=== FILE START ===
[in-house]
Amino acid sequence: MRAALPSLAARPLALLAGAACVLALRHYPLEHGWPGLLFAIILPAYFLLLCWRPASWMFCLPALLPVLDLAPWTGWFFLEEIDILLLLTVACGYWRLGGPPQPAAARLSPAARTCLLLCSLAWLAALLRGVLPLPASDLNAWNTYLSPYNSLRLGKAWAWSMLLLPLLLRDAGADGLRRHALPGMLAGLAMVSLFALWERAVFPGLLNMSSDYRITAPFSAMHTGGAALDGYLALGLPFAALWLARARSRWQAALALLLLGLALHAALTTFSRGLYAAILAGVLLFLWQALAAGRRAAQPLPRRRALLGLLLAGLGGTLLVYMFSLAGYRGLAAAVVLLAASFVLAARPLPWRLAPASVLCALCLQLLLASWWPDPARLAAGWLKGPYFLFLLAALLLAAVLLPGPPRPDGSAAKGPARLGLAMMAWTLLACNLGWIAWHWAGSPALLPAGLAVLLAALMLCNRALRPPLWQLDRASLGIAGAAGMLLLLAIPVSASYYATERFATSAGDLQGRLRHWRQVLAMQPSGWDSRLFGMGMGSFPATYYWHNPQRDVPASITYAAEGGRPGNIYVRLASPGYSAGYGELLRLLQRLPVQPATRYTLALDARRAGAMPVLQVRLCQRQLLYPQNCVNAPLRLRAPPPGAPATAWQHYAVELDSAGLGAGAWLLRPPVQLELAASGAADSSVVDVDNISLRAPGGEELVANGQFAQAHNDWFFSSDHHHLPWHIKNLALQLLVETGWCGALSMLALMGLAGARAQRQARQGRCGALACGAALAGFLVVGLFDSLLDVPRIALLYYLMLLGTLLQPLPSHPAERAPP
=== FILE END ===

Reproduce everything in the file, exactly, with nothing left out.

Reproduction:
[in-house]
Amino acid sequence: MRAALPSLAARPLALLAGAACVLALRHYPLEHGWPGLLFAIILPAYFLLLCWRPASWMFCLPALLPVLDLAPWTGWFFLEEIDILLLLTVACGYWRLGGPPQPAAARLSPAARTCLLLCSLAWLAALLRGVLPLPASDLNAWNTYLSPYNSLRLGKAWAWSMLLLPLLLRDAGADGLRRHALPGMLAGLAMVSLFALWERAVFPGLLNMSSDYRITAPFSAMHTGGAALDGYLALGLPFAALWLARARSRWQAALALLLLGLALHAALTTFSRGLYAAILAGVLLFLWQALAAGRRAAQPLPRRRALLGLLLAGLGGTLLVYMFSLAGYRGLAAAVVLLAASFVLAARPLPWRLAPASVLCALCLQLLLASWWPDPARLAAGWLKGPYFLFLLAALLLAAVLLPGPPRPDGSAAKGPARLGLAMMAWTLLACNLGWIAWHWAGSPALLPAGLAVLLAALMLCNRALRPPLWQLDRASLGIAGAAGMLLLLAIPVSASYYATERFATSAGDLQGRLRHWRQVLAMQPSGWDSRLFGMGMGSFPATYYWHNPQRDVPASITYAAEGGRPGNIYVRLASPGYSAGYGELLRLLQRLPVQPATRYTLALDARRAGAMPVLQVRLCQRQLLYPQNCVNAPLRLRAPPPGAPATAWQHYAVELDSAGLGAGAWLLRPPVQLELAASGAADSSVVDVDNISLRAPGGEELVANGQFAQAHNDWFFSSDHHHLPWHIKNLALQLLVETGWCGALSMLALMGLAGARAQRQARQGRCGALACGAALAGFLVVGLFDSLLDVPRIALLYYLMLLGTLLQPLPSHPAERAPP